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What Makes "Hills Like White Elephant" a Fine Story

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“Hills Like White Elephants” was first published in 1927 by Ernest Hemingway. The story is based on a young couple faced with drastic decisions in life. Although the story did not mention a word like abortion, Hemingway used his powerful literary knowledge and skills to drive the idea home. This paper will basically focus on analyzing what makes “Hills Like White Elephants,” by Ernest Hemingway a fine story.

Even after such a long time since its publication many still considers the “Hills Like White Elephants,” by Ernest Hemingway a great story. His plain-style prose and iceberg principle makes the story more enjoyable to the reader. He only shares enough about the couple to keep the reader interested but omits some details deliberately in order to arouse the reader’s mind into critical thinking. He exercised authentic writing which helped him translate his emotional experiences into a story.

Bearing in mind that the author wanted to put across a sensitive issue of abortion, screening of the words was very important. Hills like white elephants is a story involving a couple who argued on whether to undertake an abortion or not. And since at that time abortion was universally illegal and a taboo, the author used his artistic credibility to put his message across.

Throughout the story, Hemingway deliberately withheld some key details like the physical descriptions of the couple and occupation of the male protagonist. The reader is therefore required to join up the disjointed conversation between the two in order to establish a flow. However, reading through the story help us to notice that the girl named Jig resisted her companion’s idea of abortion. This is seen when the girl started to pose some empty questions to the man. Hemingway (1) she asked, “That’s all we do, isn’t it-look at things and try new drinks?” The girl was also able to realize that her lover did not share her vision of a happier future. She said, “And we could have all this…we could have everything and every day we make it more impossible” (Hemingway 2). The story however leaves the reader wondering what really happened to the couple, whether Jig accepted the demands of her boyfriend and thus board the train to Madrid for the abortion, or whether she resisted the move and opted to bear the child terms alone. The confusion arises when the girl finally seemed to agree with the man by saying, “They’re lovely hills….they don’t really look like white elephants. I just meant the coloring of their skin through the trees” (Hemingway 1).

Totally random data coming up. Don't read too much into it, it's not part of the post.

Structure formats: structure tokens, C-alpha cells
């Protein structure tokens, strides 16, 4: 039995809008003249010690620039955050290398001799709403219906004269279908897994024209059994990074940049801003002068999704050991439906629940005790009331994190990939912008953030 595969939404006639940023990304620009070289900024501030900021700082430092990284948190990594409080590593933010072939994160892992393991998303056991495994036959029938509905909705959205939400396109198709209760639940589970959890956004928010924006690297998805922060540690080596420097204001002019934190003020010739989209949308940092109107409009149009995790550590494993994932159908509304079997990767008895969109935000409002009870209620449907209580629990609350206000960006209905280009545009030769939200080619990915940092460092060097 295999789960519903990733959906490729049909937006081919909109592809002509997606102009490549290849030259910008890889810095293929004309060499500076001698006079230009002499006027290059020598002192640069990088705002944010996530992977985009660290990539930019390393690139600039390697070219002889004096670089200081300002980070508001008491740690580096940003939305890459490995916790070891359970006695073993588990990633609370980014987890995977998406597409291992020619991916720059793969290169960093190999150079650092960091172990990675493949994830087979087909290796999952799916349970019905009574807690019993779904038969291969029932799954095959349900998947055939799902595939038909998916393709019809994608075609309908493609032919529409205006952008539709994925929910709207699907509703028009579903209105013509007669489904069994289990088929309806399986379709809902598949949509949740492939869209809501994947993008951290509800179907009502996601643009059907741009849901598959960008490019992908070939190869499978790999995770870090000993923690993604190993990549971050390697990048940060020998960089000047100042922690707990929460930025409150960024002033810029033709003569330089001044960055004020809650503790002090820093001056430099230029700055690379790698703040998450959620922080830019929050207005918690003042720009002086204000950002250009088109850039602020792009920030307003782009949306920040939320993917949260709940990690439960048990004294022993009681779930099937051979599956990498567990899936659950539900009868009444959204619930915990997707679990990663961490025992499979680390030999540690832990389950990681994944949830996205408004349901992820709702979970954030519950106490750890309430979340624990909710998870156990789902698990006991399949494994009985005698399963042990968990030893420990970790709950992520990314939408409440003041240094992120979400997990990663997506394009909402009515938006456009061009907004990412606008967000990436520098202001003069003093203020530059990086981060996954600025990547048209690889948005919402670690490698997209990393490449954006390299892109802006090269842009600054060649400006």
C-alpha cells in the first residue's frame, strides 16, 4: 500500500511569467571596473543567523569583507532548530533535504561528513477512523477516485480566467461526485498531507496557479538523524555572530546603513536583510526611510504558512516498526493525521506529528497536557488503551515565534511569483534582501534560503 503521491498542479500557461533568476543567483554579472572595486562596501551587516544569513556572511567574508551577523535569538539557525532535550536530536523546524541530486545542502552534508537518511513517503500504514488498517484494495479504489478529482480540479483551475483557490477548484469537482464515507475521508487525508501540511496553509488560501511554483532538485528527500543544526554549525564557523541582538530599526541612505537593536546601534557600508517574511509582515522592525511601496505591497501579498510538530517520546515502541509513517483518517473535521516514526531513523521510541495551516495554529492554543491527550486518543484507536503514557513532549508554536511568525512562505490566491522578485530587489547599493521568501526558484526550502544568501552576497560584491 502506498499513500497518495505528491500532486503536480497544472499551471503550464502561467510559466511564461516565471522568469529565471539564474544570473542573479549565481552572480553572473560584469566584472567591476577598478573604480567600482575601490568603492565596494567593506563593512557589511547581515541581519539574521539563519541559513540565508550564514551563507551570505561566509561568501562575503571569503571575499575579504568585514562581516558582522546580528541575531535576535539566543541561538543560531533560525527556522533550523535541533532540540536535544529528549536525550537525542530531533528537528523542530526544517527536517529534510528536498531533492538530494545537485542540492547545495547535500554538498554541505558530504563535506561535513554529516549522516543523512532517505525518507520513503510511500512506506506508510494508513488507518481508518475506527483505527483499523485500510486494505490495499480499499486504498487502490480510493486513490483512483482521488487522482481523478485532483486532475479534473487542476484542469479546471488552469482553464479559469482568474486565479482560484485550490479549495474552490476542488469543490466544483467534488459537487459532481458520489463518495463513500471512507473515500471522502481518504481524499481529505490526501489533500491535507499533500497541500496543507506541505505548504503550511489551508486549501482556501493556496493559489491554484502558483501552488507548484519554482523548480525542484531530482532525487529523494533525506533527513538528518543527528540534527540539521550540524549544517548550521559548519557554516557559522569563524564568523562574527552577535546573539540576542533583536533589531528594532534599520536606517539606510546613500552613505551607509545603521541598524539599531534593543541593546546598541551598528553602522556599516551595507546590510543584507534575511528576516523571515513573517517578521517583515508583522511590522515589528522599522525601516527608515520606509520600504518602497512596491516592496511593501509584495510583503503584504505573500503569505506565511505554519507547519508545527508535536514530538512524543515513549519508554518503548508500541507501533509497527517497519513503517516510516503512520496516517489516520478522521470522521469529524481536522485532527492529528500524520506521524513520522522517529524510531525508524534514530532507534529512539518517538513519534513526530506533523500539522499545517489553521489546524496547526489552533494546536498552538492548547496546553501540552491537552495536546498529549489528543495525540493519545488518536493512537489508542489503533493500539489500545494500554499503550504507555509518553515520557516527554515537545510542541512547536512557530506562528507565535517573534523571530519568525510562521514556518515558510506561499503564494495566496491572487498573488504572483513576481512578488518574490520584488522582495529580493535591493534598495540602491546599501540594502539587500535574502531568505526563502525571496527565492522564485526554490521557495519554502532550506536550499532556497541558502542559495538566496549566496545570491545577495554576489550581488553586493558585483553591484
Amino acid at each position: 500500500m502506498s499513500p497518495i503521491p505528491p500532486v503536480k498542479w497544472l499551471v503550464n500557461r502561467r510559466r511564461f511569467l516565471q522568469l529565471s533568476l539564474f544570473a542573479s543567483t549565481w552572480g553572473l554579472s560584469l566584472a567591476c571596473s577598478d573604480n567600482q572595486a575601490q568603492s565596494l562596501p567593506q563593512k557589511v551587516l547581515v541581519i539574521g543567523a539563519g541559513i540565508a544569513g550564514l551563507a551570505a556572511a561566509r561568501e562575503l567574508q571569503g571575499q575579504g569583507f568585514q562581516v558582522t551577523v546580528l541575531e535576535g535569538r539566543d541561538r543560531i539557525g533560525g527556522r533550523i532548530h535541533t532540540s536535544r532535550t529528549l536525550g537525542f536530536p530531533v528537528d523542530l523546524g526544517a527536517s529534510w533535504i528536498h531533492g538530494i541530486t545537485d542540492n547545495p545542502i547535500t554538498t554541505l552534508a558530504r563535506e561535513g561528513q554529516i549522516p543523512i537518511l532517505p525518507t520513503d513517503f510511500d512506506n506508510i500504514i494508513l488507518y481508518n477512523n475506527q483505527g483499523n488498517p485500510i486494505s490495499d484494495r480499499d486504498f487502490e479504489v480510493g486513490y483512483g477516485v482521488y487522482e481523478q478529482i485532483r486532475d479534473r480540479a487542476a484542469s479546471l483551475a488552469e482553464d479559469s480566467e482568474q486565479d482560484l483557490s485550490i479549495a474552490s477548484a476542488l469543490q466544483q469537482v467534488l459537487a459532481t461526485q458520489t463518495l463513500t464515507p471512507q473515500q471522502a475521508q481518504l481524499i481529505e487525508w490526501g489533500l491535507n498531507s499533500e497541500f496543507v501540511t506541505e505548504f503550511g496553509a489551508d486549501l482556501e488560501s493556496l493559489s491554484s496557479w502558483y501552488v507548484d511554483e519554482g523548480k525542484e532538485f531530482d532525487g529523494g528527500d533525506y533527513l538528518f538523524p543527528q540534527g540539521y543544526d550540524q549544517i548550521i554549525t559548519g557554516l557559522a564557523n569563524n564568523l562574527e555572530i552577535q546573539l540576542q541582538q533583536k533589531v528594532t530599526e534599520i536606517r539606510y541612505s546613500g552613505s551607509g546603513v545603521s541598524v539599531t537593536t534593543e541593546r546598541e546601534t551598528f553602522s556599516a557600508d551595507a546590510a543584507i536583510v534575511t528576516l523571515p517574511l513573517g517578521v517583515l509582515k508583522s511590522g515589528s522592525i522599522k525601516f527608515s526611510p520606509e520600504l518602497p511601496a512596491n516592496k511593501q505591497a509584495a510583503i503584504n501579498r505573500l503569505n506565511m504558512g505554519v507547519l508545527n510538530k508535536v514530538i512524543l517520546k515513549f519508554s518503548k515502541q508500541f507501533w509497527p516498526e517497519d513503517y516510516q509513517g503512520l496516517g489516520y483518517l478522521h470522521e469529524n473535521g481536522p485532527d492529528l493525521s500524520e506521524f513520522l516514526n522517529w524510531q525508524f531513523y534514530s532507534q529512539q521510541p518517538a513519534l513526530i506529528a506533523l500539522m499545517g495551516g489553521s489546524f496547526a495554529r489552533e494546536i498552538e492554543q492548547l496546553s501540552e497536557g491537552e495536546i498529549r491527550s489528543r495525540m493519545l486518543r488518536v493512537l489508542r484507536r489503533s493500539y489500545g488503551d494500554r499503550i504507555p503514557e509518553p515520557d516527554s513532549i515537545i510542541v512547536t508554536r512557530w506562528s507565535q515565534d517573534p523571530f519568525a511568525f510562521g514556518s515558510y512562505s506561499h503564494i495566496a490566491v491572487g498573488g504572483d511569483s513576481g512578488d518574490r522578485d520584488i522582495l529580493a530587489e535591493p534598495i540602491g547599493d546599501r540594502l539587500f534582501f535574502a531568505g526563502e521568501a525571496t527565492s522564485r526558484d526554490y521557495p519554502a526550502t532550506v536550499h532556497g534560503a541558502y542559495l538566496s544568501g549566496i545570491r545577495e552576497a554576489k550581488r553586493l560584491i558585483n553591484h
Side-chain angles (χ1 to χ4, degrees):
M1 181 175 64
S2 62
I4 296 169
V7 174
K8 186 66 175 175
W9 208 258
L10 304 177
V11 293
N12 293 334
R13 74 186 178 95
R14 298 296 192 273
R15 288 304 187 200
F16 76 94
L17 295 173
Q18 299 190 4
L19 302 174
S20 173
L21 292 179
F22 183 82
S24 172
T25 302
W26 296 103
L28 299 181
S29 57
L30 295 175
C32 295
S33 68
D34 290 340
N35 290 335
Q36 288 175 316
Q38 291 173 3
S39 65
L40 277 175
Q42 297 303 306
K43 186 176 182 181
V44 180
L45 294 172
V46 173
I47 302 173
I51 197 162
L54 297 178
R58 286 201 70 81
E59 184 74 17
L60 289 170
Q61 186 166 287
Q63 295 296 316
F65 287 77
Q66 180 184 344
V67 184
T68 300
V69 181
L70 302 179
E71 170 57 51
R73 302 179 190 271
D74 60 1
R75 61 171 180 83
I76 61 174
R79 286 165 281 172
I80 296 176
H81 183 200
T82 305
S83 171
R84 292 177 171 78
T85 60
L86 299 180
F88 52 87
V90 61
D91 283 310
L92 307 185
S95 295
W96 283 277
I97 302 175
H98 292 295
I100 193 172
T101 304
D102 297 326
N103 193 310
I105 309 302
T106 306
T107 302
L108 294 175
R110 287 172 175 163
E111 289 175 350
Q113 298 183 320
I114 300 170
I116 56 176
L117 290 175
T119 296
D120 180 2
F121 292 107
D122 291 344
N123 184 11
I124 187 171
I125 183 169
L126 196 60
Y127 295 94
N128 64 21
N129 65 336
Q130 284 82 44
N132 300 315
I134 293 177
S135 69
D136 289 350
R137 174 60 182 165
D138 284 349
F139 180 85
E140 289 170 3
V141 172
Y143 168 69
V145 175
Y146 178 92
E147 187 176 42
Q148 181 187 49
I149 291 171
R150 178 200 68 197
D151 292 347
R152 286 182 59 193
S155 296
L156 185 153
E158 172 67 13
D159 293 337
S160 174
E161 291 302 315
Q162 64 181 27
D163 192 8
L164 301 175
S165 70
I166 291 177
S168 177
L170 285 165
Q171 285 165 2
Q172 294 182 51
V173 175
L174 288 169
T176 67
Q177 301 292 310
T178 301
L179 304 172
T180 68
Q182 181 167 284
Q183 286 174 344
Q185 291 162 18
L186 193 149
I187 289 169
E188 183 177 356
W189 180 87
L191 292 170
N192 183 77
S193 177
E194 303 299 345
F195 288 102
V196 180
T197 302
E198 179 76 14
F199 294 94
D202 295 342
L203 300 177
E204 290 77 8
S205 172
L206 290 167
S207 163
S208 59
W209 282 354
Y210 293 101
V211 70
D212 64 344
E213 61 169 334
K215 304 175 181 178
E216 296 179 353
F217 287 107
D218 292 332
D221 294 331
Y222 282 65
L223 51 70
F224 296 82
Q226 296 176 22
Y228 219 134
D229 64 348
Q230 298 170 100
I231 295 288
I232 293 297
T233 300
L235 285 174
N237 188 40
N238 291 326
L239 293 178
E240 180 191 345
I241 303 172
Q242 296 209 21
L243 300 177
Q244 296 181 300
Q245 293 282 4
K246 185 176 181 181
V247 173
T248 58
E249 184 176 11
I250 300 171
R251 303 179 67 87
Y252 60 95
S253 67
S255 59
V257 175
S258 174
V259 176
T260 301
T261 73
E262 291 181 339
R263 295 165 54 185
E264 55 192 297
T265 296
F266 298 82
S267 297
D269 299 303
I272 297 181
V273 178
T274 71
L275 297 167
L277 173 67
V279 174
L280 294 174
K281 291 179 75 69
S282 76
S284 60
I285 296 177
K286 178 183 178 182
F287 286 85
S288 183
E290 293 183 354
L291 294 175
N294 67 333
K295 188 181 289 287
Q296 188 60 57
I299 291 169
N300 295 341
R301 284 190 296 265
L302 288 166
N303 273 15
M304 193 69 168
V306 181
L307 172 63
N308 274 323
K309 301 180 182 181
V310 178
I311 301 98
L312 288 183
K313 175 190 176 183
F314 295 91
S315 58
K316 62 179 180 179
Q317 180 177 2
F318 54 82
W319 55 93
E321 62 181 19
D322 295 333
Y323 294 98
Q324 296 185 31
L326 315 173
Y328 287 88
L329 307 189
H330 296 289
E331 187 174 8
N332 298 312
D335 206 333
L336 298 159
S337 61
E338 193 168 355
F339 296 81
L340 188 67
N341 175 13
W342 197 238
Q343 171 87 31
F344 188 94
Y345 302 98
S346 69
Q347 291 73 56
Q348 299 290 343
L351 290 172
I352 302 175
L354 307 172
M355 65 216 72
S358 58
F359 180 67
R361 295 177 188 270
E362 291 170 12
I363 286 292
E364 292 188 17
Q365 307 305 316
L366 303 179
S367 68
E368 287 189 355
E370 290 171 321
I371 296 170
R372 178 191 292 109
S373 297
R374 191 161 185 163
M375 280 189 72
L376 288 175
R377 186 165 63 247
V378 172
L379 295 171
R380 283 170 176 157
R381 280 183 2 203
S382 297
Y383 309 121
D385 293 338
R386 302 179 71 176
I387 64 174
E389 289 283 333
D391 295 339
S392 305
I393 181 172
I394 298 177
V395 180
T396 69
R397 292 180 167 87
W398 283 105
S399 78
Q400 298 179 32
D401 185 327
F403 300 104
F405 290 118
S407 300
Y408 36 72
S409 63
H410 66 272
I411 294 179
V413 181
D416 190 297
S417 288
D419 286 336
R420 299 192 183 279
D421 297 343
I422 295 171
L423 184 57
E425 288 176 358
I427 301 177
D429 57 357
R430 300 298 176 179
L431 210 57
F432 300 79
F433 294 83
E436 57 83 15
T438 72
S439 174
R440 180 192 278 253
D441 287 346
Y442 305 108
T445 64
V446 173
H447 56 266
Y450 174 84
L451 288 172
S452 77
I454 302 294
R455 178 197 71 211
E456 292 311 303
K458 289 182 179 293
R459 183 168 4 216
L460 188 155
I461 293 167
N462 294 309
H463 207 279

“Hills Like White Elephants” is connoted by symbolism throughout. This is shown by Jig’s symbolic freight of words like, “They look like white elephants” (Hemingway 1). In addition the author used poetic simile in order to bring out the contrast between the two. For instance, when Jig said, “They look like white elephants,” the American responded, “I’ve never seen one,” then she said, “No, you wouldn’t have.” But the man said, “I might have…Just because you say I wouldn’t have doesn’t prove anything” (Hemingway 1). The hills symbolized the girl’s fertility, while the white elephant symbolized her unborn baby.

Hemingway also used his technical crafting to make the story more demanding to the reader. Sarcasm is used when the man tried to convince the girl to undertake the abortion procedure and she said, “……I will because I don’t care about me” (Hemingway 2). This is an expression that automatically shows her feelings towards the whole process. The author also used suspense skills to make the story more ambiguous, and this left the readers wondering of what transpired afterwards. Symbolisms, similes, sarcasm and deliberate omissions of details make the story more fascinating and enjoyable to read. The combination of all this makes “Hills Like White Elephants” a fine story too.

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